Homework? Leave kids alone
Many parents, wanting the best for their offspring's school career, and mindful of looming reports, often sit down in the evening to help their budding academics with their homework.india Updated: Jan 07, 2006 15:30 IST
Many parents, wanting the best for their offspring's school career, and mindful of looming reports, often sit down in the evening to help their budding academics with their homework.
But too much help can be counter-productive, warn German education experts. They say "parents can sometimes help most by giving no help at all."
Homework is not just about getting the right results on the report card. It's also about personal development and learning independence. "The child should realise that good results and success take effort," said Ulrich Trautwein of Berlin-based Max Planck Institute for Educational Research. When parents pitch in with the answers, this lesson often goes unlearned.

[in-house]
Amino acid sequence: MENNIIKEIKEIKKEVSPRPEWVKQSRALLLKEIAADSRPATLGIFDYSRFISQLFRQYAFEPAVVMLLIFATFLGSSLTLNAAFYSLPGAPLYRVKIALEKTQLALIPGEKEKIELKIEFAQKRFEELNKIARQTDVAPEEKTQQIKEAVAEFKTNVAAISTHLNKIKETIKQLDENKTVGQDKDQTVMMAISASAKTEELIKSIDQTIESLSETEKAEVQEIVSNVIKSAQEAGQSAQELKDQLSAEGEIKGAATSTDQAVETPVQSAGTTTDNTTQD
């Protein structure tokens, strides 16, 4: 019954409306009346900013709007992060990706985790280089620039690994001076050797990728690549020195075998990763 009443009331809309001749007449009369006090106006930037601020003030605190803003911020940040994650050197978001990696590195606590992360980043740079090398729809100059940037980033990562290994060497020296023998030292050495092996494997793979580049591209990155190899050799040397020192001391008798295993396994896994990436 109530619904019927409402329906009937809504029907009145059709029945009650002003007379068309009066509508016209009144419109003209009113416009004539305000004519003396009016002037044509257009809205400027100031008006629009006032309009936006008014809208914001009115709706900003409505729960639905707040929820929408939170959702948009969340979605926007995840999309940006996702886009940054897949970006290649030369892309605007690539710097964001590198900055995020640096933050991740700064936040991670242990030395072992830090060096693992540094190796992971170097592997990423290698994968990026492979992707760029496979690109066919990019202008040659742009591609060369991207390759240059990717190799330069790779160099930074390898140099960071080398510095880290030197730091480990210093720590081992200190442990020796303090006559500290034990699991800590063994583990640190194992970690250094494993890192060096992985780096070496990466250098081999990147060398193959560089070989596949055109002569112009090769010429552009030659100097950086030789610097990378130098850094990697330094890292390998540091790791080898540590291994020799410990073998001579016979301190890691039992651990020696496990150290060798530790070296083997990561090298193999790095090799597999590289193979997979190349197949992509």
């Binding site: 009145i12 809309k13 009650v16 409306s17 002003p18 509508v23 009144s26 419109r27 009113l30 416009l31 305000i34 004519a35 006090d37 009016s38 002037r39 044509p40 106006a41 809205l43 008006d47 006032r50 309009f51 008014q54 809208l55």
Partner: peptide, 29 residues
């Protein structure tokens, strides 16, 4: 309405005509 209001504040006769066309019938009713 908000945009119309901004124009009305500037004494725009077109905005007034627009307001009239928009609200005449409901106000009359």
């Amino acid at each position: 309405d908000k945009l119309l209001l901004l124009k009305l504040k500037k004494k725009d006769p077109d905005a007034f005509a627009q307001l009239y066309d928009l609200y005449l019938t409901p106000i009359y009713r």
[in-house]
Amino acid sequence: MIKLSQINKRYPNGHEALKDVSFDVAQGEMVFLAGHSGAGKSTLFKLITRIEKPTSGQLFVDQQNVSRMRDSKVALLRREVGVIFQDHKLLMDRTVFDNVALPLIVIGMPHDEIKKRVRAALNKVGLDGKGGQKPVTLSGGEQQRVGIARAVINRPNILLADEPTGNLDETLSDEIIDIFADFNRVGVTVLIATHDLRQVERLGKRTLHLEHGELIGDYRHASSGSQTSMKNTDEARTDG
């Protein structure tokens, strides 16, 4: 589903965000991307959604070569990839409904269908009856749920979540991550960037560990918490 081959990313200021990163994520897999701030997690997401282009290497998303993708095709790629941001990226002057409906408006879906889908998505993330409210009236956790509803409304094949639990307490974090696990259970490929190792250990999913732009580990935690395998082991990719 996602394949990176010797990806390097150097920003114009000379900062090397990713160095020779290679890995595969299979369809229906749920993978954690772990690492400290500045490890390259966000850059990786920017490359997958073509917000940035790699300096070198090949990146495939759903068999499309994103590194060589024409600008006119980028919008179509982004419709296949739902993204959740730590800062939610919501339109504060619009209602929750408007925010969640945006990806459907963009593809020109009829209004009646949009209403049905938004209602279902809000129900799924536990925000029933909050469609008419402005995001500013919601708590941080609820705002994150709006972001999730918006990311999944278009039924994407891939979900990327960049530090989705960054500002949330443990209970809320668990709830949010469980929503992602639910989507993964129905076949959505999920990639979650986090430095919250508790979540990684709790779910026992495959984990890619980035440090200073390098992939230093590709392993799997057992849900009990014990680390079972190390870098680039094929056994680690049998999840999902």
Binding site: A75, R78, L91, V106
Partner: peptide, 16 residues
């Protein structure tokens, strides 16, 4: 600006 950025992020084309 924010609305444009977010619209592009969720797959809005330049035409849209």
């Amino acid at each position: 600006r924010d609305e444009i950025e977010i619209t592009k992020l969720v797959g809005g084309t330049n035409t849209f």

If the parents struggle with the exercises themselves, the resulting stress can have a "doubly negative" effect, Trautwein pointed out. Parents should be ready to give help and advice when kids ask for it but in measured amounts, said Eiko Juergens of the University of Bielefeld. "Sometimes it's enough to go through the question together carefully."
Parents should explore with their children's ways of problem solving and of approaching questions, so that they can learn to work independently on their own. "Parents should also take care not to hover beside their kids during homework time," said Josef Kraus of a German teachers' association.
"Parents occupy a position of trust, they're not teaching assistants. Sometimes, if they exert too much pressure from above, the child can hide the homework to avoid the pressure," Kraus said.
Parents should also resist the temptation to improve children's work. "They're doing the child no favours," insisted Kraus.